Monday, February 15, 1836
We were awakened before day by the Negroes cooking breakfast, which they said must be ready by sunrise. We, however, did not get it until near 7 o'clock. It consisted of boiled clince, fried fat pork, coarse corn bread, corn coffee, without sugar, and boiled eggs, alum salt and pepper, in a tea cup, all coarse, and filthy.
While breakfast was preparing, saw a yoke of oxen of extraordinary size. One of them was fifteen and a half hands high. Another had horns that spread to the width of five feet, and the ends had been cut off, two inches each, which made their natural width five feet four inches!
Left Lakey's at 8 o'clock. Arrived at Col. Edward's about 11 o'clock, where we found Mr. Childers, of Milam, to whom I had a letter from Mr. Kimbal. Childers informed me that himself and Mr. Robinson, the Empressario, were elected from Milam. Had an argument with him on the tariff question.
Arrived at Cummins' at half past 1 o'clock; took dinner and had our horses fed. While there the Post came in, with his mail completely wet, he having just swam Mill Creek, and got overset in the midst of it. He had the mail in a pair of saddle bags, which he opened, and spread the wet packages out in the porch to dry. Some travellers also came up, who had crossed the creek on a log, below the ford, and swam over the horses. They brought a hand bill issued by the Provisional Council, announcing the approach of Santa Anna with an army, and calling upon the Texians en masse to take the field. A great pother is now to be made, and if the population of the country can be roused, and an armed force sufficient to keep them in arms should really be on the frontier, the Council may perhaps escape a part of the execration and disgrace that seems to await them. In less than a fortnight their brief authority expires, and they will have an awful reckoning to make to the people.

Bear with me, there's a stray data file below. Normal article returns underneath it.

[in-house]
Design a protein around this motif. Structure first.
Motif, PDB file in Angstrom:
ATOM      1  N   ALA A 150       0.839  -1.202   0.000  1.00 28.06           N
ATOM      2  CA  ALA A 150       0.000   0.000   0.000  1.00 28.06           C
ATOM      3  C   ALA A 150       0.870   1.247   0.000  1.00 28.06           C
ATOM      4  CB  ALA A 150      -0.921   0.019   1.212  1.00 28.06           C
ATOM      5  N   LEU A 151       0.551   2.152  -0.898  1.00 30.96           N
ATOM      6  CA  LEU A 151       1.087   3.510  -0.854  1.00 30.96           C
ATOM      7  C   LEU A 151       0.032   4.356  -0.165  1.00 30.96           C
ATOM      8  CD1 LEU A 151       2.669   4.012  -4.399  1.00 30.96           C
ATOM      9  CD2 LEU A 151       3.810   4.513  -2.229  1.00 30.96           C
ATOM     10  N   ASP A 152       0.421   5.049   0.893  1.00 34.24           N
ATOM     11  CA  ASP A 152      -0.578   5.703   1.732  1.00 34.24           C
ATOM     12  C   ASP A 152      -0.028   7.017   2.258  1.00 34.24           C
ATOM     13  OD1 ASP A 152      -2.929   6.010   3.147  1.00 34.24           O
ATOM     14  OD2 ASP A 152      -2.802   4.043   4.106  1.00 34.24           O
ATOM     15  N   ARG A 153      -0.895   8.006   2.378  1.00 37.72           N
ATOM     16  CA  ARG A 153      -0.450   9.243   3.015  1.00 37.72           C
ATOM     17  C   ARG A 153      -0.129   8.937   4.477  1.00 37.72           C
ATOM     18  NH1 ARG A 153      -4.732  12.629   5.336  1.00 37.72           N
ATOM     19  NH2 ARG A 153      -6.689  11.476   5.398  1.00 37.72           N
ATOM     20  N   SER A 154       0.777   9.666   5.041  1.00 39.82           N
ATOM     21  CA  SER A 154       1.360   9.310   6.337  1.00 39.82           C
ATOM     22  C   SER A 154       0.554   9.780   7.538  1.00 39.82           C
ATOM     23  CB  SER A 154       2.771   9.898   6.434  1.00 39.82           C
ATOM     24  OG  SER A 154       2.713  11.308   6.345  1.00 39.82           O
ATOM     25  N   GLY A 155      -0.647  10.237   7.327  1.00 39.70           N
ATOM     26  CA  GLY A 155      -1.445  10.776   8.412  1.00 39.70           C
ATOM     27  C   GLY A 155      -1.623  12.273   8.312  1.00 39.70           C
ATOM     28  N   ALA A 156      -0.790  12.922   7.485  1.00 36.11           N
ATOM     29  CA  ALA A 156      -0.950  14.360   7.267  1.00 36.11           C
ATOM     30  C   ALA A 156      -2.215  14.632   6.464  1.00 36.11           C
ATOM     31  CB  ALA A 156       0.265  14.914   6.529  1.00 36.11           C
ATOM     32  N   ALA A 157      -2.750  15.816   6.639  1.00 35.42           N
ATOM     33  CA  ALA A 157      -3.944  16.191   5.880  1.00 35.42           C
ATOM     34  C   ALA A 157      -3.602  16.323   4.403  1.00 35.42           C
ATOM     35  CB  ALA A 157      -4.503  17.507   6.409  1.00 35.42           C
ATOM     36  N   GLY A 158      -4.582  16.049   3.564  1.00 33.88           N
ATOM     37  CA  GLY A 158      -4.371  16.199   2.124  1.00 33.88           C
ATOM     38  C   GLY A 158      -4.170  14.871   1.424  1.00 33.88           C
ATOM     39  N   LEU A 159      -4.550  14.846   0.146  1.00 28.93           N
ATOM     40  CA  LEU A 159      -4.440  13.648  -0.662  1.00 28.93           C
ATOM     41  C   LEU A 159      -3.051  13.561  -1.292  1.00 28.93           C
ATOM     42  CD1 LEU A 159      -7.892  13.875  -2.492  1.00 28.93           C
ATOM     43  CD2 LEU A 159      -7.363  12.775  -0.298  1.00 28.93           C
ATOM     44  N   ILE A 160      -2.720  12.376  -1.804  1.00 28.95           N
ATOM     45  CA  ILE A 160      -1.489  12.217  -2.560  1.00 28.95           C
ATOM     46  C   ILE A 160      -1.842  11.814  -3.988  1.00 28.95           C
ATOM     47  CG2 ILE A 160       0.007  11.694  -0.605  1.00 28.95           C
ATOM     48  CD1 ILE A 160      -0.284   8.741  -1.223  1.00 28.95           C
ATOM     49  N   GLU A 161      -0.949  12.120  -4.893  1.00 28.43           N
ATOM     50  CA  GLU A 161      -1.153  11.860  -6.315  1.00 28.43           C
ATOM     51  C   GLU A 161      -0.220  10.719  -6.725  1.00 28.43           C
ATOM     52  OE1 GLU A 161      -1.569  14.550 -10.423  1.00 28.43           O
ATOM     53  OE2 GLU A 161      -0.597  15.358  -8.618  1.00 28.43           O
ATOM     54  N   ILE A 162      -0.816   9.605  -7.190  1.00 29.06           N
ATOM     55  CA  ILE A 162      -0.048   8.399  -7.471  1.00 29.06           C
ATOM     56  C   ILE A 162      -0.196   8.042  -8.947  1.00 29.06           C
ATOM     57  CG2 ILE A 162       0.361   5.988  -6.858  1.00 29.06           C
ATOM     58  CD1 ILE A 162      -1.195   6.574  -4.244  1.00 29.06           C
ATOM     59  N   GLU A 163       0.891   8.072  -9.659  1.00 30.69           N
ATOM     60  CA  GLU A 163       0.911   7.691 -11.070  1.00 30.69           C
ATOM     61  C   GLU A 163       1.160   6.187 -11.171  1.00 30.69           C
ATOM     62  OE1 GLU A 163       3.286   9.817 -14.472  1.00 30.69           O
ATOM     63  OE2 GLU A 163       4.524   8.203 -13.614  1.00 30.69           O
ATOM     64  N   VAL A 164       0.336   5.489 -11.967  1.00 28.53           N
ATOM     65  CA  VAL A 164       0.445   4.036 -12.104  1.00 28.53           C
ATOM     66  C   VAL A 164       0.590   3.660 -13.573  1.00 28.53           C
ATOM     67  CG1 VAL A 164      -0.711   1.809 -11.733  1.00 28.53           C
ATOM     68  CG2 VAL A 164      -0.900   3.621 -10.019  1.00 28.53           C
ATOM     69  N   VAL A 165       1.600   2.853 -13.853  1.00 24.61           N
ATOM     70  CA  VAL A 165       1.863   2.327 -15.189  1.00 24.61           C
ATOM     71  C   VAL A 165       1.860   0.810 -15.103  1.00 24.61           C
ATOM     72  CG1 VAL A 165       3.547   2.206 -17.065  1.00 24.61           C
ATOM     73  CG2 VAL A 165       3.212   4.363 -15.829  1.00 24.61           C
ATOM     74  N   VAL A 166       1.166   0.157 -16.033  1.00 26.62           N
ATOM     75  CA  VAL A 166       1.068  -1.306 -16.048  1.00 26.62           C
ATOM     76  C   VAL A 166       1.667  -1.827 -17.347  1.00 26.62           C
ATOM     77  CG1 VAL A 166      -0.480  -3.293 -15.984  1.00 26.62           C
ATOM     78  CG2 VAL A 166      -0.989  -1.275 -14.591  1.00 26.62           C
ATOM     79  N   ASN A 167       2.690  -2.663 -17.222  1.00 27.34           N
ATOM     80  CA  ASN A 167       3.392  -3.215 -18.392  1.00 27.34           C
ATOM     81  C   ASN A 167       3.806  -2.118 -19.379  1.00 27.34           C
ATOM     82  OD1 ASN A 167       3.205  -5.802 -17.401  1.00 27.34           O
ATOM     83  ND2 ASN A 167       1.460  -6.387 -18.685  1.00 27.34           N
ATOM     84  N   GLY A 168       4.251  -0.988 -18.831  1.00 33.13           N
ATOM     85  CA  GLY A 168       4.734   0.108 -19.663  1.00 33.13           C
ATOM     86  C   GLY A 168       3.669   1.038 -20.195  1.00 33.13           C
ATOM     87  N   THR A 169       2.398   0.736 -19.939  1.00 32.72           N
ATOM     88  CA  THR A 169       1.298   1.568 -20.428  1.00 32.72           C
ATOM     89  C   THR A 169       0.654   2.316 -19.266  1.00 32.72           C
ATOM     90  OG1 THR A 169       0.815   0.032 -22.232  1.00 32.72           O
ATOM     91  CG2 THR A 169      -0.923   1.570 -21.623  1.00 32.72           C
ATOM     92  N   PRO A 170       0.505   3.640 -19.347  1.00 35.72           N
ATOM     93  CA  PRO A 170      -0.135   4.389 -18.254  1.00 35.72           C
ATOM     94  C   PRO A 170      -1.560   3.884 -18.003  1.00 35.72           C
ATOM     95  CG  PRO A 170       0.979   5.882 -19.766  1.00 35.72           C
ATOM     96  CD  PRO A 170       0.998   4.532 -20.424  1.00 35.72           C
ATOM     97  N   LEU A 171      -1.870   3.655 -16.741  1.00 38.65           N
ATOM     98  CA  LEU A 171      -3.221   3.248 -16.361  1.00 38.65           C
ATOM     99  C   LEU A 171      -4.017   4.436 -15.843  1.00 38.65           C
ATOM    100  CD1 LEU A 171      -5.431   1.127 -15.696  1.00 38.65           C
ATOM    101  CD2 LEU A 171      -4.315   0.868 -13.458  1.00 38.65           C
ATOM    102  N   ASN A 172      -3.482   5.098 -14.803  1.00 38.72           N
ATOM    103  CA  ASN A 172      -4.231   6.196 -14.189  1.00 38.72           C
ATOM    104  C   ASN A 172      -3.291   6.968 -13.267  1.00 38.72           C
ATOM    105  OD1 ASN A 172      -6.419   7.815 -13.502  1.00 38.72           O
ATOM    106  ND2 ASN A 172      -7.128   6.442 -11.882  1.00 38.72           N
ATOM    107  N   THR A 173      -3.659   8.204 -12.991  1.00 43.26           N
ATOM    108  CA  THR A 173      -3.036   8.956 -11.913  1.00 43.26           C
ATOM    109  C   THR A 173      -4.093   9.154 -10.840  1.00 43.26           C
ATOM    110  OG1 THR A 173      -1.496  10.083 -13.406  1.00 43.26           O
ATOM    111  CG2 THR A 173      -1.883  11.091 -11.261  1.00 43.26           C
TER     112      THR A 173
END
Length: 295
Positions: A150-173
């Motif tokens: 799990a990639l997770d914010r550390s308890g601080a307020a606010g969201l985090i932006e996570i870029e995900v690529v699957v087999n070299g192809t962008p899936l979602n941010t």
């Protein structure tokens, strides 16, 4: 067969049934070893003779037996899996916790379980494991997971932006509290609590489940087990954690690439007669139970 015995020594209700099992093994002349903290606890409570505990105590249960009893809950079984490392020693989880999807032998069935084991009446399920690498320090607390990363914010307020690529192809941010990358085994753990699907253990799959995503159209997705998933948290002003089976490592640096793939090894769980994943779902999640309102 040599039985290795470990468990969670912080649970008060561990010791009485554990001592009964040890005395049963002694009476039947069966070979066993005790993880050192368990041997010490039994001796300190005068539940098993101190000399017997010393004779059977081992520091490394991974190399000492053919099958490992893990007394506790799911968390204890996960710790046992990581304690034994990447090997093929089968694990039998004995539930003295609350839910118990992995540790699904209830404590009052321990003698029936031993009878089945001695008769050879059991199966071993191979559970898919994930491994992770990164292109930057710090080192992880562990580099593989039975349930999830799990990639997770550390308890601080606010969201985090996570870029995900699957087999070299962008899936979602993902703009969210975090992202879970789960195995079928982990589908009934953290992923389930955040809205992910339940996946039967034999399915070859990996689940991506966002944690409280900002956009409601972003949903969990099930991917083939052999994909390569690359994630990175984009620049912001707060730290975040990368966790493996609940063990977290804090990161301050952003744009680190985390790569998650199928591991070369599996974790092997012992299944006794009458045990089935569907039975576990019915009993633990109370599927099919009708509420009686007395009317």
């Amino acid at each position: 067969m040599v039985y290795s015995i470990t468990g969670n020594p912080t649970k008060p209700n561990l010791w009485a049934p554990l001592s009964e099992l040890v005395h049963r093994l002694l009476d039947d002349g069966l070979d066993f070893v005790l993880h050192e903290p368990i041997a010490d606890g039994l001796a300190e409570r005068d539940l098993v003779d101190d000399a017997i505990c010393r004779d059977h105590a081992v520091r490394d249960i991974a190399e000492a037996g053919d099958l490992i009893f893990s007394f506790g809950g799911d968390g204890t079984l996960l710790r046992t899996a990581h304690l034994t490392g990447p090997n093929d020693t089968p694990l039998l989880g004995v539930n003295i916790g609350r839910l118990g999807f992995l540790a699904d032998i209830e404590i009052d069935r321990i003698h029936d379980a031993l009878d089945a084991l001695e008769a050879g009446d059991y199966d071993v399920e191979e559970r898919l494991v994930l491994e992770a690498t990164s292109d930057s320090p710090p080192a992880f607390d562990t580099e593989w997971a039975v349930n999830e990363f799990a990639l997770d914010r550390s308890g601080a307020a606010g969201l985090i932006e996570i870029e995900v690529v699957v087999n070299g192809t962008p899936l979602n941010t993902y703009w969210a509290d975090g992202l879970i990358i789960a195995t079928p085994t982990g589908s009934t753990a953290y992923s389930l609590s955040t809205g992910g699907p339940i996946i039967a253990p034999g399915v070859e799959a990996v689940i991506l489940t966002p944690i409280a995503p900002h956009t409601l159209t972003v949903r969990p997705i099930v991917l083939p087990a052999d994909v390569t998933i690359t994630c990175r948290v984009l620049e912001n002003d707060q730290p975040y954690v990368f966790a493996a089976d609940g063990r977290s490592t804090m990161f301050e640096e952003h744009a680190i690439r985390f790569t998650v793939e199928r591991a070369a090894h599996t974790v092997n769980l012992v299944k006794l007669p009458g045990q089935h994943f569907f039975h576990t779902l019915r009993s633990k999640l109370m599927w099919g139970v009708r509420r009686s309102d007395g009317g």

We rode today over wide and beautiful rolling prairies. The country everywhere presents the appearance of a cultivated region, only wanting a few good farm houses on the beautiful eminences that everywhere present themselves to form a splendid picture of rural beauty and fertility. Immense flocks of geese and cranes were feeding on the prairies, and some ducks in the ponds; herds of cattle were grazing, and now and then a few deer, larks and blackbirds in great numbers. The prairie consists mostly of the stiff, black soil, with some sand. On the top flats a great deal of water lies. The surface is ridged and furrowed, very much resembling the ridges left in an old cornfield. They excited our surprise and appeared unaccountable, but Mr. Cummins explained them thus: those appearances are only met with on the black prairies, which are of a stiff soil, which bakes very much, and when it bakes it cracks open to a considerable depth. When hard rains come the water sinks into these cracks, the